Free fall is the process by which an object without momentum, such as a human or animal, falls without being pinned or restrained to the earth. It is possible for an object with no momentum to fall freely.
The earth’s surface is a very smooth surface that prevents objects from getting trapped. It also has few sources of energy, making free fall more dramatic.
Some objects do not have the necessary movement to free fall normally.
Objects moving at the same speed as Earth move along with it
When objects move at the same speed as Earth, they often acquire a large gravitational influence from our planet. This happens most noticeably when objects move at the same speed as sound.
When a sound is heard, it can often be felt by an object moving at the same speed as sound. This is because the object is passing through another object or substance that is moving faster than it is.
When these two objects are intersecting, it can cause a powerful impact that can be heard even with no source device present. The level of destructiveness of these impacts depends on how heavily pressured the falling object is when it strikes Earth.
Objects moving significantly slower than Earth will fall behind it
When objects move significantly slower than Earth, they can be rare objects that fall into free fall for a short time.
These slower objects can be spacecraft, airplanes, or cars that enter free fall after tumbling in the atmosphere.
Their movement phase is still extended due to Earth moving while orbiting.
Objects moving significantly faster than Earth will fall ahead of it
When objects moving very fast fall behind Earth, it can create a rare phenomenon called a fortunate fall. A fortunate fall occurs when an object hits the ground at a low speed, and it beneficially impacts the ground instead of escaping into space.
Gravity is the force that holds Earth in orbit around the sun. When something falls into gravitational pull from Earth, it becomes part of this powerful force. If the object were to escape into space, it would be gone for good.
Unfortunately, our disappearing acts are not very efficient ways to keep objects stuck. Several occurrences of vanishingly slow falling objects have been reported, which is why we need to further investigate these rare events.
The majority of objects near Earth’s surface are less dense than it is
Rock and other materials are made of rock and metal, both of which are dense. This contributes to the rarity of objects in free fall.
Because rocks are denser than air, they can stick to each other and continue falling despite losing some velocity. This can last for years before it dissipates.
Since rocks don’t have a liquid or gas phase, they don’t break down as easily as other objects in space. This makes space rocks that fall near Earth more rare.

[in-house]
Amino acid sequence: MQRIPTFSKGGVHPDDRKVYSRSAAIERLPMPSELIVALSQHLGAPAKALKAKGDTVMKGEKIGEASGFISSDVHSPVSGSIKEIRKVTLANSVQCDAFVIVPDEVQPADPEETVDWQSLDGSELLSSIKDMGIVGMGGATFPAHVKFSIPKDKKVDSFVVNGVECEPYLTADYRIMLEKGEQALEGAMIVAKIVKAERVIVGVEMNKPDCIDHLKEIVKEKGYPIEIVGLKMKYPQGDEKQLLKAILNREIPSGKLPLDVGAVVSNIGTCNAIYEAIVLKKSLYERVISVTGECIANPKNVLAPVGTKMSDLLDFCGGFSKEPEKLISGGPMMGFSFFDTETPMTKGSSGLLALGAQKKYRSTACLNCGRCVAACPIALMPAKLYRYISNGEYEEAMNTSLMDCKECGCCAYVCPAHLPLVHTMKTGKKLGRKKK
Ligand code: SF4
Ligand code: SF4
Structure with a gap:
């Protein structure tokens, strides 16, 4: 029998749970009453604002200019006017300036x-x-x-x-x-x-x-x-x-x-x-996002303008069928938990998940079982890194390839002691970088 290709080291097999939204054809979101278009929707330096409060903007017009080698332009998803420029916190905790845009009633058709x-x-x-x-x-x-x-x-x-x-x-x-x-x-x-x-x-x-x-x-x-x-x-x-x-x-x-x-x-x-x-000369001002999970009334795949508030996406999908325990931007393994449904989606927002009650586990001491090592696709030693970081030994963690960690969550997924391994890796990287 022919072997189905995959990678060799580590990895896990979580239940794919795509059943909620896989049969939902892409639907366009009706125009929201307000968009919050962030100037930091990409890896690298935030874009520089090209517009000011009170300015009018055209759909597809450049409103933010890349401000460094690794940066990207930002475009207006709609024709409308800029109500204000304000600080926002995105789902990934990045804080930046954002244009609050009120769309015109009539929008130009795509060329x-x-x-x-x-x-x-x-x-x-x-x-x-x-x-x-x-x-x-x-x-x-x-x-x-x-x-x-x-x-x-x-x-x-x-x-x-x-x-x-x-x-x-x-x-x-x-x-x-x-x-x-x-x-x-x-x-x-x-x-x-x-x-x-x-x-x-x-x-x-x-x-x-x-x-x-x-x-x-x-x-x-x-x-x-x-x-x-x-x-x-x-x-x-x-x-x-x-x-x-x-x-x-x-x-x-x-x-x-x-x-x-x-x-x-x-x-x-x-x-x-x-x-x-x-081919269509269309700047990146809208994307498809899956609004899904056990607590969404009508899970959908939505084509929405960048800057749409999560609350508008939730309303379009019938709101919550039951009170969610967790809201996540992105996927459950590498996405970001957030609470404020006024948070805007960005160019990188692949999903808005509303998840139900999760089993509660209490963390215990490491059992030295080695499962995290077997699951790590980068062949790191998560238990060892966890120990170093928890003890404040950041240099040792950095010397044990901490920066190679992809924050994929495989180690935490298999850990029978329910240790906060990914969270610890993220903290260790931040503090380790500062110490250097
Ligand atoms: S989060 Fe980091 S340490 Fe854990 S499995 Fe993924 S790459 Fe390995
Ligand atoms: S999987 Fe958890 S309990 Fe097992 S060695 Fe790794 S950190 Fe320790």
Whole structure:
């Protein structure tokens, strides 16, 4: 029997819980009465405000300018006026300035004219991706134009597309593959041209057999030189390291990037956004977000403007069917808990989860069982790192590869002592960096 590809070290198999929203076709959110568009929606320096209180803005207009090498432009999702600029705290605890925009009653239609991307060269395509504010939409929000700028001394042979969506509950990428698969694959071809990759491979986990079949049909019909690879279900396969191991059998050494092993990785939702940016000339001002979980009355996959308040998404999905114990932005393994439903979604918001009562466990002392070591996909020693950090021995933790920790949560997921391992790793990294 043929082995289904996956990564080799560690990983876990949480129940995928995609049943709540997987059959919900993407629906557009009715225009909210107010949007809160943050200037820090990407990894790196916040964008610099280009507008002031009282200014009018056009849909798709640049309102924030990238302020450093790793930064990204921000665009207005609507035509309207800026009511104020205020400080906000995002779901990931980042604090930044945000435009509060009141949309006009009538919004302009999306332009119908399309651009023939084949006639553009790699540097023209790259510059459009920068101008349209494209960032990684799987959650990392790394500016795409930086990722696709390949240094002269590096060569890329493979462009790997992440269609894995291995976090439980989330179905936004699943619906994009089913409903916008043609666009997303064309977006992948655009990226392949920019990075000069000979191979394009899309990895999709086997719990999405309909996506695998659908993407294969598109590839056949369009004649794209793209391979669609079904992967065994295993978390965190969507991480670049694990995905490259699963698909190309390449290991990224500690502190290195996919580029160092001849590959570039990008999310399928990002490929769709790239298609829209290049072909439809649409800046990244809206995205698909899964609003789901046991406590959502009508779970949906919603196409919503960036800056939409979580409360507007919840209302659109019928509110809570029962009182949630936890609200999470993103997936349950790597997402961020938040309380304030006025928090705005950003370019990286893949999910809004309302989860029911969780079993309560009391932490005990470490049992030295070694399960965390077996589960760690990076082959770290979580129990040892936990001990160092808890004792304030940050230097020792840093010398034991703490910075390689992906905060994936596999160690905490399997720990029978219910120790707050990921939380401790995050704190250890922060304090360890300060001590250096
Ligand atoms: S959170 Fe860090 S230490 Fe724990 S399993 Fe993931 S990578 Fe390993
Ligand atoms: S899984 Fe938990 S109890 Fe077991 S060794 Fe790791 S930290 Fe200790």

When an object loses enough speed in free fall, it may survive by using momentum from another object or from its own fall. Since there aren’t many rocks out there getting by without help, these rare falls occur.
The majority of objects near Earth’s surface are relatively small
Most objects near Earth’s surface are relatively small, roughly the size of a car or truck.
This is due to the fact that Earth is large – about 1,600 miles (2,500 km) in diameter! Most of the space in which objects live is large.
However, there are some rare objects that are extremely small, and fall into a specific class of object called tesseractics. These objects are only about three to four times as tall as Earth and weigh less than an ounce (25 grams).
These tesseractics can be found in deep space, where they apparently exist alone.
Gravity is not a constant force throughout the universe
There are some objects in the universe that have a near-constant gravity, called a graviton. These gravitons can stick to other gravitons and form larger objects.
Gravitons are sometimes called the force of attraction between matter and antimatter in the Universe. When two or more gravitons combine, it can create extremely powerful forces, such as those that hold together entire planets.
There are two kinds of graviton: weak and strong. A super-strong graviton is very rare, but we can detect its effects on ordinary matter.
Averages of stars contain traces of strong gravitrons, which coat most large objects with a thin layer of strong gravity.
Air resistance affects falling objects near Earth’s surface
Air resistance, or drag, affects how much power is required to fall objects toward the surface. When objects have less power required to move them forward and upward, they are more likely to remain on the surface.
Drag is a major factor in determining whether an object is rare or not. An iron ball can be dragged far down before giving up and falling away, while a paper plate will stay in place easier.
The density of an object also plays a role in how hard it hits the ground. A thin metal disk may easily break on impact, while a thicker plastic plate may last more time before breaking.
Falling objects approach but never reach free fall conditions
When an object is near the surface of the Earth, it is in the process of falling. The object must be large enough to allow it to fall through the material layer.
The density of matter around the Earth’s surface is higher than in space, where gravity does not exist. This is why objects fall at a slow rate and reach a ground location before flying off into free fall and striking a target.
This rare condition occurs when an object is so large that it can no longer maintain its shape when falling. It must also be large enough to allow it to pass through the material layer as if it were a train going by.